I couldn’t help thinking of those remarks as I read today’s Gospel in preparing this homily. Here in the eighth chapter of John’s Gospel we have the account of a woman whose actions made her strictly liable to the death penalty according to the Law of Moses, and there is no doubt that persons in ancient Israel were in fact stoned to death for adultery and certain other offenses. For that reason, the persons in this account who are putting Jesus to the test definitely have the law on their side. Since Jesus is elsewhere in the New Testament shown following various injunctions of the Mosaic Law, even saying in Matthew’s Gospel that not one jot or tittle of that law would be done away with till it all came true, one can sense that he was indeed here faced with a genuine challenge. His response, of course, was not to ignore the law completely but rather to point out how all of his hearers were themselves liable to judgment. The fact that the oldest of the woman’s accusers were the first to slink away shows that they had had many more years to accumulate their own guilty deeds!

The really important point, however, is not that Jesus bested these men in a dispute but that he recognized the possibility of conversion. He didn’t excuse the woman as though she had done nothing wrong, but he refused to condemn her, telling her instead to go and from then on to sin no more—not, of course, in the sense that she would never do the slightest thing wrong, but that she should no longer commit adultery or any such serious sin.

For us, the lesson is twofold. First, that we ought to be far more concerned with our own behavior than with judging that of others, and second, that we ought never write someone off as being beyond the possibility of conversion. No one on earth ought ever be cast aside as hopelessly mired in sin or crime, and no true follower of Christ ought ever say, like one of those respondents to the columnist, that “People do not change.” The very first words of Jesus in what is the earliest Gospel, that of Mark, are: “This is the time of fulfillment. The kingdom of God is at hand. Repent and believe in the gospel.” The Greek word here translated as “repent” means literally to “have a change of mind” or “change of heart,” in other words, “Be converted.” In this annual season of Lent we are called to take these words with special seriousness, with regard both to ourselves and to the way we view other people. All of us can change for the better, and with the help of God’s grace we may be confident that we will change. Let us pray for this kind of conversion as we continue our celebration this day, also remembering in our prayers those prisoners whom many in society have written off and who are therefore daily tempted to despair.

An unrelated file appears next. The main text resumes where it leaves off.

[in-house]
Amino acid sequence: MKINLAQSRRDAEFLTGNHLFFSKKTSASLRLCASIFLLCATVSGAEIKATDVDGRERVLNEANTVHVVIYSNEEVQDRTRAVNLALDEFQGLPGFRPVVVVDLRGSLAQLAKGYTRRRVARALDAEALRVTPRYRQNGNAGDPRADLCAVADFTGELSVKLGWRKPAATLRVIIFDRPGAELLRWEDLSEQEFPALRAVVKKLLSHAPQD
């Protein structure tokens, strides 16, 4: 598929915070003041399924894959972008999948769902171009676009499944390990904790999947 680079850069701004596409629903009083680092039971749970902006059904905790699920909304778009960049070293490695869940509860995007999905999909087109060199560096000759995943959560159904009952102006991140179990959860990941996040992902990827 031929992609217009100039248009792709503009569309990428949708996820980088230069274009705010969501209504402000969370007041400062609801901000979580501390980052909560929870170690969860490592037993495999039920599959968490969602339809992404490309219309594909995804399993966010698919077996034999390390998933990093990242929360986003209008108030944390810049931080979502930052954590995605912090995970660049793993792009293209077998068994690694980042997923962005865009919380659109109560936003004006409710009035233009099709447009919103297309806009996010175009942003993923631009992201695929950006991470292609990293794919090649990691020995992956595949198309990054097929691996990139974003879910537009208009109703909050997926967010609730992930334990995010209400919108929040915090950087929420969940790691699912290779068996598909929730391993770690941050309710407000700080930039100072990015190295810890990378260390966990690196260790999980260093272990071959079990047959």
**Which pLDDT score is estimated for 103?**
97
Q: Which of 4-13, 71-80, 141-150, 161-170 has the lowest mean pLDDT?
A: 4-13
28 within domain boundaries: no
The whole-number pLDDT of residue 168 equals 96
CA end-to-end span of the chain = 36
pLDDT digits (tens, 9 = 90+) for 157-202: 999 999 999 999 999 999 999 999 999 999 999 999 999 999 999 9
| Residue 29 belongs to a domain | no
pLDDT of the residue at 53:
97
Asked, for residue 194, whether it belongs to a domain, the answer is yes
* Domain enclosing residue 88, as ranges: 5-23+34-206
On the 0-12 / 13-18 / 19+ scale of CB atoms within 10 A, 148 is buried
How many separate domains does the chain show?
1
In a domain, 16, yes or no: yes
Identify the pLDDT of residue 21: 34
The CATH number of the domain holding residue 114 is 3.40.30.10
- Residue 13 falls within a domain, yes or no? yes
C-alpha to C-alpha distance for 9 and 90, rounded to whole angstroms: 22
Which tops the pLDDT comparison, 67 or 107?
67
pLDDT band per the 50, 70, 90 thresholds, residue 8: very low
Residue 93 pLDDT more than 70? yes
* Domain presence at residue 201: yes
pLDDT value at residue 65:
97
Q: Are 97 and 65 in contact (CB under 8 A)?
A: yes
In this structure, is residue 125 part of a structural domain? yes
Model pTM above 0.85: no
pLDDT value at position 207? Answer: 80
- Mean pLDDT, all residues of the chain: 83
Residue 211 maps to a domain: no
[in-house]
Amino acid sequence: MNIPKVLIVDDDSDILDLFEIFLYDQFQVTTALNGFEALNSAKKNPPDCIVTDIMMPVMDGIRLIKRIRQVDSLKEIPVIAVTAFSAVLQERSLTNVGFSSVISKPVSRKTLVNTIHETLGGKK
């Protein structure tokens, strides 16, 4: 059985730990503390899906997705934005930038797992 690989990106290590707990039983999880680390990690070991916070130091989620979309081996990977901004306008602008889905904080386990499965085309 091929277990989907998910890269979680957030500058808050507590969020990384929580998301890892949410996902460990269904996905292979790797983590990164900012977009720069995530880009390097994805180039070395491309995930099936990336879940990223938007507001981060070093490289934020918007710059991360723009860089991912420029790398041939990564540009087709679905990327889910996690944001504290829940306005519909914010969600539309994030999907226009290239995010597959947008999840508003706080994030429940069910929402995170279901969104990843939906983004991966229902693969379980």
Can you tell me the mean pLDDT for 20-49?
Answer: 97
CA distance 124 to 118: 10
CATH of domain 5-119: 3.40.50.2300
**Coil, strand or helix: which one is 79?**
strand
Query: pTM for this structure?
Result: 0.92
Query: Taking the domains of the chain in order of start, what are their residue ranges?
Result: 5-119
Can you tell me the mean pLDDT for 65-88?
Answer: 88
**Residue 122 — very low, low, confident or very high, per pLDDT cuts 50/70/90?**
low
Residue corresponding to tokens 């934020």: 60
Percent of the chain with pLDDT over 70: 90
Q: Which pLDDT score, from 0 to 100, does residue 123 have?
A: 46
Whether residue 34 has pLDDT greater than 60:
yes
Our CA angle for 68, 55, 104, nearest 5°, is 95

Abbot James Wiseman
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St. Joseph's Day

  • March 19, 2013
  • Year C
  • by Fr. Joseph

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Here I was yesterday, March 18th, and I was clueless as to what to say in my homily today. I was reluctant to call on St. Joseph because he often treats me as though I were a nitwit--and I am very sensitive. However, as I'm struggling to come up an idea--any idea--he surprises me by suddenly appearing. He says, "what is it this time? I heard you sigh, so thought you must be in need." I said, "How good you are to come, even before I called on you." "What are friends for," he said, but I detected a slight edge of irony. Then he went on, "Never mind, let me guess: tomorrow you have to give the homily and you are clueless as to what to say." "How could you possibly know that?" He rolled his eyes but said nothing. Then he went on, "don't you have at least a starting idea?" I said, "I thought I'd like to talk about the trip to Bethlehem." "We've already done that." "I know, but we certainly couldn't have exhausted ANYTHING contained in the Scriptures."